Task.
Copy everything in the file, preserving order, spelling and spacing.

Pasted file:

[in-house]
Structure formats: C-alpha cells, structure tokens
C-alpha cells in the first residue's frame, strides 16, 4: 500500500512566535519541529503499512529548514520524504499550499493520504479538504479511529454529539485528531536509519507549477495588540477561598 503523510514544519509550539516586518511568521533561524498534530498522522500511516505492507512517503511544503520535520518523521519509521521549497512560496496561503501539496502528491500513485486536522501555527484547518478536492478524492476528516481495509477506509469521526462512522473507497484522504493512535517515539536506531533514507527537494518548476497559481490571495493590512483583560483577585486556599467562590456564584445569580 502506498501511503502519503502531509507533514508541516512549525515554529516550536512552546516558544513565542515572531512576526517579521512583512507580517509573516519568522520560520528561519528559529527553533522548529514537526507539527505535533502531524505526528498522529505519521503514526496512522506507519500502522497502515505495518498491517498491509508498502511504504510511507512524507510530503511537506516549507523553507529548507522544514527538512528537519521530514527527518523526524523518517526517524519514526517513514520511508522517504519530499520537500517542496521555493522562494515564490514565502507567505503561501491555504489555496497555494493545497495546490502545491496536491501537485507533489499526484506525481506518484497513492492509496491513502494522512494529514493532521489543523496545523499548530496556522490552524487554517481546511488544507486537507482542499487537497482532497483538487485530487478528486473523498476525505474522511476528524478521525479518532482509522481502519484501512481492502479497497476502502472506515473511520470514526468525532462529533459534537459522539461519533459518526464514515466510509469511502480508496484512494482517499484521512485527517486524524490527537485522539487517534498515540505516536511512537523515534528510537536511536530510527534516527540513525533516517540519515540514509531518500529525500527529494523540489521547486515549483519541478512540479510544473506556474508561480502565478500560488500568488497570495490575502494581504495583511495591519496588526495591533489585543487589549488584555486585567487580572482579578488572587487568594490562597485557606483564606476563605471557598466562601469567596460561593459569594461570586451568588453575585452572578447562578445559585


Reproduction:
[in-house]
Structure formats: C-alpha cells, structure tokens
C-alpha cells in the first residue's frame, strides 16, 4: 500500500512566535519541529503499512529548514520524504499550499493520504479538504479511529454529539485528531536509519507549477495588540477561598 503523510514544519509550539516586518511568521533561524498534530498522522500511516505492507512517503511544503520535520518523521519509521521549497512560496496561503501539496502528491500513485486536522501555527484547518478536492478524492476528516481495509477506509469521526462512522473507497484522504493512535517515539536506531533514507527537494518548476497559481490571495493590512483583560483577585486556599467562590456564584445569580 502506498501511503502519503502531509507533514508541516512549525515554529516550536512552546516558544513565542515572531512576526517579521512583512507580517509573516519568522520560520528561519528559529527553533522548529514537526507539527505535533502531524505526528498522529505519521503514526496512522506507519500502522497502515505495518498491517498491509508498502511504504510511507512524507510530503511537506516549507523553507529548507522544514527538512528537519521530514527527518523526524523518517526517524519514526517513514520511508522517504519530499520537500517542496521555493522562494515564490514565502507567505503561501491555504489555496497555494493545497495546490502545491496536491501537485507533489499526484506525481506518484497513492492509496491513502494522512494529514493532521489543523496545523499548530496556522490552524487554517481546511488544507486537507482542499487537497482532497483538487485530487478528486473523498476525505474522511476528524478521525479518532482509522481502519484501512481492502479497497476502502472506515473511520470514526468525532462529533459534537459522539461519533459518526464514515466510509469511502480508496484512494482517499484521512485527517486524524490527537485522539487517534498515540505516536511512537523515534528510537536511536530510527534516527540513525533516517540519515540514509531518500529525500527529494523540489521547486515549483519541478512540479510544473506556474508561480502565478500560488500568488497570495490575502494581504495583511495591519496588526495591533489585543487589549488584555486585567487580572482579578488572587487568594490562597485557606483564606476563605471557598466562601469567596460561593459569594461570586451568588453575585452572578447562578445559585